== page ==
Program tackling over-prescription to dementia patients is working, government data suggest
TUESDAY, Aug. 27, 2013 (HealthDay News) -- A year-old nationwide effort to prevent the unnecessary use of antipsychotic medications in U.S. nursing homes already seems to be working, public health officials report, as facilities begin to opt for patient-centered approaches over drugs to treat dementia and other related complications.
So far, the program has seen more than a 9 percent drop in the national use of antipsychotics among long-term nursing-home residents, when comparing the period of January to March 2013 with October to December 2011.
The National Partnership to Improve Dementia Care was launched in 2012 by the U.S. Centers for Medicare & Medicaid Services (CMS). At issue: the broad over-prescription of antipsychotics among the nation's roughly 1.5 million nursing-home residents.
"This important partnership to improve dementia care in nursing homes is yielding results," Dr. Patrick Conway, CMS chief medical officer and director of the Center for Clinical Standards and Quality, said in an agency news release.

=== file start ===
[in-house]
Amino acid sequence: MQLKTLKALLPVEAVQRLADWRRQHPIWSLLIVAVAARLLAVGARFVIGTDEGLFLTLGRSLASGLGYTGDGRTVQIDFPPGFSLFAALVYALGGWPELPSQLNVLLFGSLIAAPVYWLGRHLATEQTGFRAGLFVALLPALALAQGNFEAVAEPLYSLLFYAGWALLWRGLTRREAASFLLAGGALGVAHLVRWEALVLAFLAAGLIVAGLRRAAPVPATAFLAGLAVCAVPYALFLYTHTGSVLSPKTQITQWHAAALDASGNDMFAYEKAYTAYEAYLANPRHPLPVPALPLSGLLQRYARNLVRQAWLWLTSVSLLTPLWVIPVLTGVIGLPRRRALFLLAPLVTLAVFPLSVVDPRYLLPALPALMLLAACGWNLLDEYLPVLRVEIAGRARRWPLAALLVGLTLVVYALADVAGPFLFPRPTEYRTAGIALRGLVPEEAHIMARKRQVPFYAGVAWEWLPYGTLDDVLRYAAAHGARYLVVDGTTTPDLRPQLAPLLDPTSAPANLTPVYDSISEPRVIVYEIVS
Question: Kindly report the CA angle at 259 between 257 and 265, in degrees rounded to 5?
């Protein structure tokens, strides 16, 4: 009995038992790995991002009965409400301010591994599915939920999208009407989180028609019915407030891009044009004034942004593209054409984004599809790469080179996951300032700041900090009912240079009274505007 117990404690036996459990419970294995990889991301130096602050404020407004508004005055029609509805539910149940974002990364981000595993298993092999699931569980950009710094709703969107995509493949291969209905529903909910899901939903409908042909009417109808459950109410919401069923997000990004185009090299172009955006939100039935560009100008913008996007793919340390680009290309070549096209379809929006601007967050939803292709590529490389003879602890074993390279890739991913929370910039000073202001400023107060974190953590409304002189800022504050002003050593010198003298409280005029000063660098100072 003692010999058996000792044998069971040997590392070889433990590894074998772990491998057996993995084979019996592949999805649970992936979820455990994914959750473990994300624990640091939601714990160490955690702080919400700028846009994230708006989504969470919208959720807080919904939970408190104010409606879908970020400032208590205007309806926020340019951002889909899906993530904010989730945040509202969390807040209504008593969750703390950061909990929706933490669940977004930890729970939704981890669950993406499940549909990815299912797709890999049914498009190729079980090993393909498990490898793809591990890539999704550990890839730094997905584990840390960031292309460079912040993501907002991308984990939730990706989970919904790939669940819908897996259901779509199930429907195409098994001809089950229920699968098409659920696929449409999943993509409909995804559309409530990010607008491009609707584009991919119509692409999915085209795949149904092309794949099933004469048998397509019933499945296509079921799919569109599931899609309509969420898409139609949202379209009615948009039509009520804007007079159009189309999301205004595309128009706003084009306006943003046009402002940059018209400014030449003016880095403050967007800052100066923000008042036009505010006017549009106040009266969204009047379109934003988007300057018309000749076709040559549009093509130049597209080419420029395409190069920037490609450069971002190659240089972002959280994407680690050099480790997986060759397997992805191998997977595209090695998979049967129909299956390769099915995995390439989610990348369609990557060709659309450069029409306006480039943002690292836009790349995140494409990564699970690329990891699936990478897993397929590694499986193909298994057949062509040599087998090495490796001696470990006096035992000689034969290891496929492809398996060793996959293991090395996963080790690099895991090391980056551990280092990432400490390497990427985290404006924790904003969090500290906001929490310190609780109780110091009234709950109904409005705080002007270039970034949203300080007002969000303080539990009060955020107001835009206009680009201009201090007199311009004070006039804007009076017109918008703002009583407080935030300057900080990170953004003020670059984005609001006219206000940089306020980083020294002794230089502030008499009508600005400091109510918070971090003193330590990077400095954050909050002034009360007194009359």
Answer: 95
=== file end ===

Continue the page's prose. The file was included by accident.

"We will continue to work with clinicians, caregivers and communities to improve care and eliminate harm for people living with dementia," Conway added.
As recently as 2010, more than 17 percent of nursing-home patients were being given daily doses of antipsychotic medications that were above recommended levels, according to the news release.
With that in mind, the campaign set out to provide enhanced dementia care training for nursing-home staff and statewide nursing-home assessors, by outlining alternative treatment options and making relevant antipsychotic medication information more easily accessible online on its Nursing Home Compare website.
The information provided is a collection of best-practices information gathered from a coalition of medical and quality-improvement experts, government agencies, consumer and patient advocates, and long-term-care providers.
The campaign's goal is to lower antipsychotic drug use by 15 percent by the end of this year.
To date, 11 states have realized -- or even exceeded -- this objective: Alabama, Delaware, Georgia, Kentucky, Maine, North Carolina, Oklahoma, Rhode Island, South Carolina, Tennessee and Vermont.
As a result, an estimated 30,000 fewer nursing-home patients are on antipsychotics today than would have been prior to the launch of the CMS information program.
For more on the CMS partnership campaign to improve dementia care, visit Advancing Excellence in American Nursing Homes (http://www.nhqualitycampaign.org/star_index.aspx?controls=dementiaCare ).
SOURCE: U.S. Centers for Medicare & Medicaid Services, news release, Aug. 27, 2013